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What makes a ‘New Make’ spirit?

Content sponsored by Husk Distillers

Moonshine is, to the notorious gangsters and rum runners of the 1930s American Prohibition era, what ‘New Make’ spirits are to today’s burgeoning craft distillers, but with one important difference: nobody paid taxes on moonshine!

The distorted, irrational and unfair (for drinkers and distillers) Australian excise regime is fodder for another article on another day, but New Make spirits are increasingly being re-invented by innovative craft distillers around the world and are fast becoming a growth category set to invigorate the modern cocktail scene.

In Australia, craft distillers from Mt Uncle in North Queensland to Redlands in Tasmania, from Baker Williams in Mudgee to Archie Rose in Sydney, have all released New Make spirits in recent years. RASV’s Australian Distilled Spirits Awards even featured them as an important growing category in the craft distilling scene – but what exactly is a New Make spirit?

Paul Messenger, Founder and Distiller at Husk Distillers, Tumbulgum, explains that the New Make category can include any whiskey, rum, brandy or tequila spirit fresh off the still prior to aging.

Gin and vodka are excluded – vodka because it’s a highly rectified neutral spirit and gin because it’s a redistilled neutral spirit. But any other alcohol freshly distilled from fermented wash is basically a New Make when it flows from the still.

A distillers decision to develop and release a new make product can be as varied as the products on offer. It’s not widely known, but Husk Distillers, makers of Ink Gin, have been crafting Australia’s only paddock-to-bottle agricole rum on a cattle and cane farm on the NSW north coast for the last six years.

The reason this is not well known is that of the 50 or so barrels produced so far from their hand cut, freshly crushed sugar cane, only a handful have been released. This includes the first barrel from their 2012 harvest, Husk Virgin Cane Rum, which sold out in three days back in December 2015, and the limited release 1866 Tumbulgum Rum, released last year to mark the 150 anniversary of their riverside village of Tumbulgum.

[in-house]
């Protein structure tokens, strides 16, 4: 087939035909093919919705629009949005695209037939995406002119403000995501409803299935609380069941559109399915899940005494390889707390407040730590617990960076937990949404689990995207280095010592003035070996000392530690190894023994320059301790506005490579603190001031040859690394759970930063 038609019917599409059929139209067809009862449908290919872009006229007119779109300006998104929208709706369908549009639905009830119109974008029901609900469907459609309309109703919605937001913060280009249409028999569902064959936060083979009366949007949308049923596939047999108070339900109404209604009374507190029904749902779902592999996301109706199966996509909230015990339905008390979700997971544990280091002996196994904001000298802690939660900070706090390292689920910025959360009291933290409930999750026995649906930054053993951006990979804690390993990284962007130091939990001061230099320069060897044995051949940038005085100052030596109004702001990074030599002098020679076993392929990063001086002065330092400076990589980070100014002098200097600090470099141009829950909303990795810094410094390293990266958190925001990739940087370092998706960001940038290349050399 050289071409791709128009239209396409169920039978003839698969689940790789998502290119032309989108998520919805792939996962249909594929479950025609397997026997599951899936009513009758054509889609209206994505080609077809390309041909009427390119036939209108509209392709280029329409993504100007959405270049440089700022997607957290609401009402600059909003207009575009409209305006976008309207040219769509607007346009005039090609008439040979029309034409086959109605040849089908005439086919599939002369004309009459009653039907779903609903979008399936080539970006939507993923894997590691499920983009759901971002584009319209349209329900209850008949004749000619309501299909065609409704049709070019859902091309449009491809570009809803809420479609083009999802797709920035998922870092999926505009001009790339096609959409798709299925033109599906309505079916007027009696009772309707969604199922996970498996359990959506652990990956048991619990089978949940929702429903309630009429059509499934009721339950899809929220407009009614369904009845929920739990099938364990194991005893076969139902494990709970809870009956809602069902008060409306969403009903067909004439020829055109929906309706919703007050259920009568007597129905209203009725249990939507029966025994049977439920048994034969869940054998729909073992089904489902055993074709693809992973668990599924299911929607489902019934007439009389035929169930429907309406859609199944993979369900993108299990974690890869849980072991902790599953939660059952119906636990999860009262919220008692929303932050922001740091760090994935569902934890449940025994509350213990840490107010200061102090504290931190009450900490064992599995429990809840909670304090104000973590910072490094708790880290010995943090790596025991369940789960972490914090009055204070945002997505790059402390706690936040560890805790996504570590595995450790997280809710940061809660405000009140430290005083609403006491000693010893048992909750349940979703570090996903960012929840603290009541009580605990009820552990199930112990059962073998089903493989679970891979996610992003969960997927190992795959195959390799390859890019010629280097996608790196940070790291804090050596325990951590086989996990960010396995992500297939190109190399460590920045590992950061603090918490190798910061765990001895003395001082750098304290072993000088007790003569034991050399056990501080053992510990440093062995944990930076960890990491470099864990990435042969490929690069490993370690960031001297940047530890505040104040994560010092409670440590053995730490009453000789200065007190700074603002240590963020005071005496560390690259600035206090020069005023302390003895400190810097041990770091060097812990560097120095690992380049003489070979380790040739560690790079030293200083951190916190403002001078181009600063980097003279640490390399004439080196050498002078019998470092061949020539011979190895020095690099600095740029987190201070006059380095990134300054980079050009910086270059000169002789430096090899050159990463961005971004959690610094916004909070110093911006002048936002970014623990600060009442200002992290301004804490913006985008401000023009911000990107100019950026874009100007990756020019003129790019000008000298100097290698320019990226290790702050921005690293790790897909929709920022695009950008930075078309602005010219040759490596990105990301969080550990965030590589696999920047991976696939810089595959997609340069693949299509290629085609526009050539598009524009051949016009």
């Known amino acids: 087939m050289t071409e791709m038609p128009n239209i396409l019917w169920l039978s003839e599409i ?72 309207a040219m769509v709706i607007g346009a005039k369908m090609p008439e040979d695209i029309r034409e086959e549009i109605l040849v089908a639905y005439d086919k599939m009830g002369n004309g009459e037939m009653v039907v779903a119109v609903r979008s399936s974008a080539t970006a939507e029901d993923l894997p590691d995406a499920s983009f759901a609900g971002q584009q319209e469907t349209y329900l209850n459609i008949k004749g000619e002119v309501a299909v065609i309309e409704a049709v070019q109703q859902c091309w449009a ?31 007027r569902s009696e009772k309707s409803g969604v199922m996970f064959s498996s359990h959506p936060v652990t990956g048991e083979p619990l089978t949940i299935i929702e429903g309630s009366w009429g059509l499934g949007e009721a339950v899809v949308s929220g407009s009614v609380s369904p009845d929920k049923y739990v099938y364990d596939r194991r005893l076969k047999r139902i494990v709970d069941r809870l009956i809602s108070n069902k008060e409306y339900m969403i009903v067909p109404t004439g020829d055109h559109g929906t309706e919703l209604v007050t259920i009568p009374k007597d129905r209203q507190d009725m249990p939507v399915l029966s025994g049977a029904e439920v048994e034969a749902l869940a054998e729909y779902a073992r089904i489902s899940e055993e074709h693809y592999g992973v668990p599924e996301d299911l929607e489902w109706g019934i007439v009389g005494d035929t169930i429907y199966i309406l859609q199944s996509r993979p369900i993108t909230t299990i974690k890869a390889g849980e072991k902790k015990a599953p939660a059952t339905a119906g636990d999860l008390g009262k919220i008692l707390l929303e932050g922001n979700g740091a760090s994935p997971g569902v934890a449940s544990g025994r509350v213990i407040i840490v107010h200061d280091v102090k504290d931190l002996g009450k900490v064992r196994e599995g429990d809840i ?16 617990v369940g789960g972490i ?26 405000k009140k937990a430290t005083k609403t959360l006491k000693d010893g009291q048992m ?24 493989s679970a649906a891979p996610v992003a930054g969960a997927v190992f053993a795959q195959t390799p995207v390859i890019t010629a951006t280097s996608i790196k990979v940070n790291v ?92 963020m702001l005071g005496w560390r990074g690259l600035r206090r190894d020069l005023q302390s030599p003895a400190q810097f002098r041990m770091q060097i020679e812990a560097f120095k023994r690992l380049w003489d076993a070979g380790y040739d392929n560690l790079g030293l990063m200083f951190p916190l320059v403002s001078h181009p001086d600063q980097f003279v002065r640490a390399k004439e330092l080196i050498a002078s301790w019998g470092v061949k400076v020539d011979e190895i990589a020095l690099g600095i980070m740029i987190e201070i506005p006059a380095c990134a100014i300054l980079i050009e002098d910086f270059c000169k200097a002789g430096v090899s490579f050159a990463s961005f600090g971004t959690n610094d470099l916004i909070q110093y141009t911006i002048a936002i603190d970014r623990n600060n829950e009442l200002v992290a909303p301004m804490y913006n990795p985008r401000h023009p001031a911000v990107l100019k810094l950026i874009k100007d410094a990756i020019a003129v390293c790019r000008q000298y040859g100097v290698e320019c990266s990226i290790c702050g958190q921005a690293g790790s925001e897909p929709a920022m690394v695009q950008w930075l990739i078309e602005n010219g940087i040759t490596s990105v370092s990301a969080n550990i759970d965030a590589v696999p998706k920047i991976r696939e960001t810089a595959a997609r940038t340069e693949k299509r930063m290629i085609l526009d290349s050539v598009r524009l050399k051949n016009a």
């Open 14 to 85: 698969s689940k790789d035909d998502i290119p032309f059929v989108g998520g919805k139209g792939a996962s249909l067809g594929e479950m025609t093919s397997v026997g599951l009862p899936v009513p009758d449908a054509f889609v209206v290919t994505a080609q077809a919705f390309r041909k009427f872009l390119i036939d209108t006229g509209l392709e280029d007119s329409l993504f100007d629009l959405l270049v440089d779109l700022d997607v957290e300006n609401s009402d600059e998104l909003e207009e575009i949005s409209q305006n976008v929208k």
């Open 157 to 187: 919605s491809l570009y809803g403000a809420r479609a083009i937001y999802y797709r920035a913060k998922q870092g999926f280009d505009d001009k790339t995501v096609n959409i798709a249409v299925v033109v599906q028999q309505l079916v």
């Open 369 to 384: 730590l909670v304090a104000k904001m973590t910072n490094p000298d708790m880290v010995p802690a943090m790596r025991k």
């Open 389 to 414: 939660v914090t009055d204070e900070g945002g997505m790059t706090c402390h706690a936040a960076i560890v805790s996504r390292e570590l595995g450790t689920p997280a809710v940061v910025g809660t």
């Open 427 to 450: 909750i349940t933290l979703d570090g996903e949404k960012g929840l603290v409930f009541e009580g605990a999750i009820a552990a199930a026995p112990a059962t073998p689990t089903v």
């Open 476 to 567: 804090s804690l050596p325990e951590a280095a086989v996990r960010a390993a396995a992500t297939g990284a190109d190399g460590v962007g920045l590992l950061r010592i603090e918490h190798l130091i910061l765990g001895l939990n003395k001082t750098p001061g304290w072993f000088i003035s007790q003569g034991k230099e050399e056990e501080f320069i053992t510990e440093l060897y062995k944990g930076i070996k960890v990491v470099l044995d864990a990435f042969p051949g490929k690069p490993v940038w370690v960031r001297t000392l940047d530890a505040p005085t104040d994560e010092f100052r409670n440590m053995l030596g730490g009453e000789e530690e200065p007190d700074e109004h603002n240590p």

Messenger says he’s “in no hurry”, and is content to wait for his expression of Australian agricole rums to “tell him when they are ready”. His main objective was always to produce fine, aged sipping rums.

However, when a local Brazillian bartender from a top notch north coast bar visited the distillery during last year’s cane harvest and tasted what was coming off the still, he was so impressed he wanted to buy some bottles of their New Make agricole.

“We told him it wasn’t for sale but he convinced us that it should be, and with fond memories of sipping fresh, ice cold Ti Punch (muddled lime, raw sugar, lots of ice and a couple of shots of new make rum agricole) in French Martinique I wasn’t hard to convince,” recounts Messenger.

“So we gave him a couple of bottles to experiment with and what followed that summer was a series of lazy days sipping on some of the best damn cocktails around, starting off with an Australian version of the French Ti Punch (Brazillian caipirinha) and quickly moving to mojitos and daiquiris with a bit of local personality, followed by a range of difficult to name but easy to drinks summery inventions.”

Husk Distillers have pioneered agricole rum production in Australia, putting an Australian spin on the French Caribbean style of rum making. While the distillery is still young and better known for their innovative Ink Gin, the few rums they have released have all picked up prestigious awards, promising good things to come.

Pure Cane is the first New Make spirit the distillery has released, and it’s been well received at home and overseas.

And according to Messenger, New Make spirits are here to stay.

“New Make spirits look set to become an important element of the bar scene in Australia in the months and years ahead,” he said.

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